The ISO value reflects the light sensitivity of the picture sensor. In the case of poor lighting conditions you can increase the ISO to avoid a long exposure time. Still, please be careful with the ISO value as a too high ISO value can lead to image noise.

When you take photos in the mountains, please pay attention to the “giant softbox” in the form of the sky. To avoid getting worn out lights, always expose on the lights. In the case of digital cameras and snow, do not expose on the depths. On gray days, use a gray card for white balance. Besides, please avoid backlighting. It is better to have the sun in the back. You can also use a lens hood. You can additionally eliminate overexposure by using the snow or beach mode of your camera.

The rule of thirds

The golden ratio provides for a certain dividing ratio of a distance or surface which the viewer usually perceives as pleasant and natural. The rule of thirds ensures a harmonious composition that creates tension and movement. For this purpose, the picture is divided horizontally and vertically into equal thirds.

Put greater weight on the ground. For example, place the horizon on the upper horizontal third line. Besides, the sky should not take up more than one third of the picture. Important picture elements are moved out of the middle and placed at the line intersections. Experiment with the arrangement of the main motive. For example, do not place participants in the centre of the picture. Also, make sure that they move as much as possible into the picture and look into the picture.

Cross on the summit of a mountain

Make use of leading lines

Look for diagonal lines. It’s an easy-to-use trick that has a strong effect. By using prominent lines you give the photo a certain dynamic. As it is preferred to read from left to right, it makes sense to get leading lines started from the left upper or lower corner of the picture. The lines influence the viewer’s gaze and where his/her gaze ends. Such lines are, for example, fences or hiking trails.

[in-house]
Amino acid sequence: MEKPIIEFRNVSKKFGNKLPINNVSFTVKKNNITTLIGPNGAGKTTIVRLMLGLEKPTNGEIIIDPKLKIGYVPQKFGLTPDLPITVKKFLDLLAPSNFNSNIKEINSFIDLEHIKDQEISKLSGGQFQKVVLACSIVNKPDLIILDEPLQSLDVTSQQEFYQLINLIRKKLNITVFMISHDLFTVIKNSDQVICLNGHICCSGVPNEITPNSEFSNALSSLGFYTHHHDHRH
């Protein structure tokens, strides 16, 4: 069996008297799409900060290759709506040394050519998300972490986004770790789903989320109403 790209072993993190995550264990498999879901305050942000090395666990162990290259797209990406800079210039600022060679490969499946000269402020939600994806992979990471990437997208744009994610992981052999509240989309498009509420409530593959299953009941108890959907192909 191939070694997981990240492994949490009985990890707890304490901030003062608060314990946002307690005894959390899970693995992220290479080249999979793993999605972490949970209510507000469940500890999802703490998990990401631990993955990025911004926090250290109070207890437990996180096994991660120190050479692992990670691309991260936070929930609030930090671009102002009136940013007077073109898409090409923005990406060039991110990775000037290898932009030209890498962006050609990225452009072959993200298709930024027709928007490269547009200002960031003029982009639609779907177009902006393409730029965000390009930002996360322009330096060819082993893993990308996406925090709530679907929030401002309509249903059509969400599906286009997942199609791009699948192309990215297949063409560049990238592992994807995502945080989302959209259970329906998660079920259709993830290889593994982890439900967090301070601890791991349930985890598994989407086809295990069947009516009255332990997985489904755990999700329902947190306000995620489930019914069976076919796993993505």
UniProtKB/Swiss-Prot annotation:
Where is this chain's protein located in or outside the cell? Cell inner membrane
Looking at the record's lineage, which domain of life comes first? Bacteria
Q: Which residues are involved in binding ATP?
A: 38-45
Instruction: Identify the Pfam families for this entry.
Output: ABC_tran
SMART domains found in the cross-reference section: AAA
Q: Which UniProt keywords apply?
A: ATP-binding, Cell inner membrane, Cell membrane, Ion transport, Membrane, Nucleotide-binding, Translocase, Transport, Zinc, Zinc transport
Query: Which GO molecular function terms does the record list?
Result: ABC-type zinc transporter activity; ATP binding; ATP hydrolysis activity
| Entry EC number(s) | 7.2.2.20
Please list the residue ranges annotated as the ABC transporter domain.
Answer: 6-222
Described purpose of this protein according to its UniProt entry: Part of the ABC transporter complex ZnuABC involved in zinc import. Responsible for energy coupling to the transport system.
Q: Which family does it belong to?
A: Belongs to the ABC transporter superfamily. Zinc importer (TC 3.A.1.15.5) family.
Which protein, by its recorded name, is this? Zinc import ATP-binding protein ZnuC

Problems and resolving

If in retrospect you want to compensate for minor mistakes, such as overexposure or underexposure, you should take your photos in RAW format. In contrast to JPEG format shots, RAW offers plenty of editing potential. Dynamic, contrast, and colours can be taken from RAW files afterwards. Keep in mind that RAW files are larger and you need more space for storage.

The mountain tour is already planned but bad weather is coming up? Don’t let that ruin your mood. Bad weather brings interesting towering cloud formations around the mighty mountain range.

If the colours come across lifelessly due to poor lighting conditions, you can save the pictures by making black-white shots out of colour pictures. For that, you increase the contrast, reduce the exposure to light and boost the white tones.


The high mountains of this world offer unbelievable photo settings at different times of the day and the seasons. Use the Golden Hour for special shots. The time before the sunset and after the sunrise hold wonderful lighting effects in store. As soon as you choose longer exposure times, use the tripod. 

Different weather provides for different photo moods. Bad weather, with its threatening clouds and distinctive peaks, brings a certain drama, while warm afternoon light conjures up harmonious mountain panoramas.  You can get mysterious motives on cloudy days. Fog further strengthens the mystic.

The most important is that you know your camera and each single tool in and out. This, however, does not only apply to mountain photography.  Only then can atmospheric moments of short duration be captured ideally. Exposure, focusing, and image composition are the three factors that influence the shots decisively. There is no limit to your creativity when it comes to mountain photography. Play with the different parameters and perspectives, but think of your own safety as well. No photo is worth taking a risk.